According to reports, we just made it past the fifth anniversary of the Great Recession. The National Bureau of Economic Records states that December 2007 is when the U.S. economy hit its peak and this whole mess began. That month, unemployment crept up to 4.9%, beginning a slow climb that would gather speed in 2008 before reaching its height in late 2009.
Thanks to a handful of loyal, amazing clients and friends, a talented and dedicated team at Iridium — and to some crazy luck along the way — we survived it all.
I suppose that I took pride in that, knowing that we had taken our lumps, made it through not one but two recessions. I deluded myself into thinking that our survival was due to my leadership. It became less a game of growth and more a game of checking to make sure the shutters were tight, piling another sandbag out front if the water became a little higher. In a sense, I forgot the first rule of competition: If you’re not growing or going forward, you’re going backward. There is no middle.
In the fall of 2012, we had another disruption to our business in the way of staff turnover; designers out, programmers getting new jobs, not even giving a notice — only an email to share that they would not be at work. We didn’t panic. After all, my VP of Operations and I have been together 10+ years, and Iridium was headed into its 19th year in 2013.
Today, I can proudly say that we held the line. We delivered on all client initiatives as well, if not better than we ever had before — all while conducting an exhaustive search for a few critical professionals. We’ve rebuilt internally and we stuck to our original goals which were to find the same talent (if not better), and to build a new professional team that had both passion and principles. I have no doubt that we’ve done just that.
Still, getting back to the original observation, I realized that Iridium was only surviving and that has made me question everything. I’ve taken my own share of bruises since 2008. There was a divorce, another breakup, financial concerns like so many of us felt, and an epic recession that rattled my confidence in everything I believed. To this day, I do not believe that the U.S. government — at any level — did anything at all to assist small business. The banks squeezed us from one side, the python-like economy from the other.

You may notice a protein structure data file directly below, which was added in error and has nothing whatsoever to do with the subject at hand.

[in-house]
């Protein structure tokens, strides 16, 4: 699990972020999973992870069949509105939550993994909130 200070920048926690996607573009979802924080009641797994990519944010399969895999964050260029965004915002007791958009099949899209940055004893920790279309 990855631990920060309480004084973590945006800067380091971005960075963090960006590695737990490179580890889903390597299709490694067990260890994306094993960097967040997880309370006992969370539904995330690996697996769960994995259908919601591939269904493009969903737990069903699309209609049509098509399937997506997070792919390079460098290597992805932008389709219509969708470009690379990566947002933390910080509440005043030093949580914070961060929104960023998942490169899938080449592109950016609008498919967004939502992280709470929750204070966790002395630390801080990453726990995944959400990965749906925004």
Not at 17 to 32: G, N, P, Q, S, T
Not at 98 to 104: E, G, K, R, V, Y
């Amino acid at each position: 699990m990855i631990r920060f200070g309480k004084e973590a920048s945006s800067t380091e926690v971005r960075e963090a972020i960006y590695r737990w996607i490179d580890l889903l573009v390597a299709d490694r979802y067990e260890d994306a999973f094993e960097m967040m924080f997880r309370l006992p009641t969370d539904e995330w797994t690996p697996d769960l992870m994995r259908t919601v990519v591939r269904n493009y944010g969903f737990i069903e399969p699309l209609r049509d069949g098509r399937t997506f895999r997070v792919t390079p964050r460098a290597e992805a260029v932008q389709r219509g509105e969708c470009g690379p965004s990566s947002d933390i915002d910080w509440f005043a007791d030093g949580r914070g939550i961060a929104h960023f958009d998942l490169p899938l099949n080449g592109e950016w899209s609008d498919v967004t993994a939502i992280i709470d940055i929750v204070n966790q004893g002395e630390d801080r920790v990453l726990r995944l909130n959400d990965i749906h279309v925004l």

The end of 2012 began to change how I feel about business. The whole botched debacle with the fiscal cliff was frustrating. The unspeakable horrors in Newtown and so many other parts of the U.S. and the world opened our eyes. I spent time with my brother who has worked so hard, made difficult decisions along with my mother and managed a dairy farm where I was raised. If this economy has been difficult for small enterprise, there aren’t words to define the trials and tribulations of a small family farm. And yet, he’s working to innovate and adapt, to change his model of doing business to keep operations moving ahead.
After a lot of thought, my own struggles and some pain along the way, I’ve decided that its time to get back to growing and building business again. Just sustaining operations and staying alive isn’t enough. What are we waiting for? Is Congress or the President’s administration going to wave a magical wand and make it all better? Of course they won’t. It’s always been the responsibility of U.S. business to get us out of any mess and its well past time that I took a few new measured risks, started planning for growth again and charged ahead. There’s every opportunity to be smart as well as fearless, to apply every ounce of energy I have during every waking moment, and to build a dozen new win-win scenarios. Because that was always my ideal vision of business — people serving one another.
We’ve made 4 hires since October and I expect at least 1-2 more. I see it as a measured, responsible fight, one I’m experienced in taking on. It will require some reinvention, some new tricks for this 51 year-old dog, but I’m looking forward to it. As the character, Ellis Boyd ‘Red’ Redding said in The Shawshank Redemption, “Get busy living, or get busy dying.” Ain’t it the truth.
2013 is going to be an exciting year.
This entry was posted on Saturday, January 5th, 2013 at 1:25 pm and is filed under Advertising, Brand Identity, Business. You can follow any responses to this entry through the RSS 2.0 feed. You can leave a response, or trackback from your own site.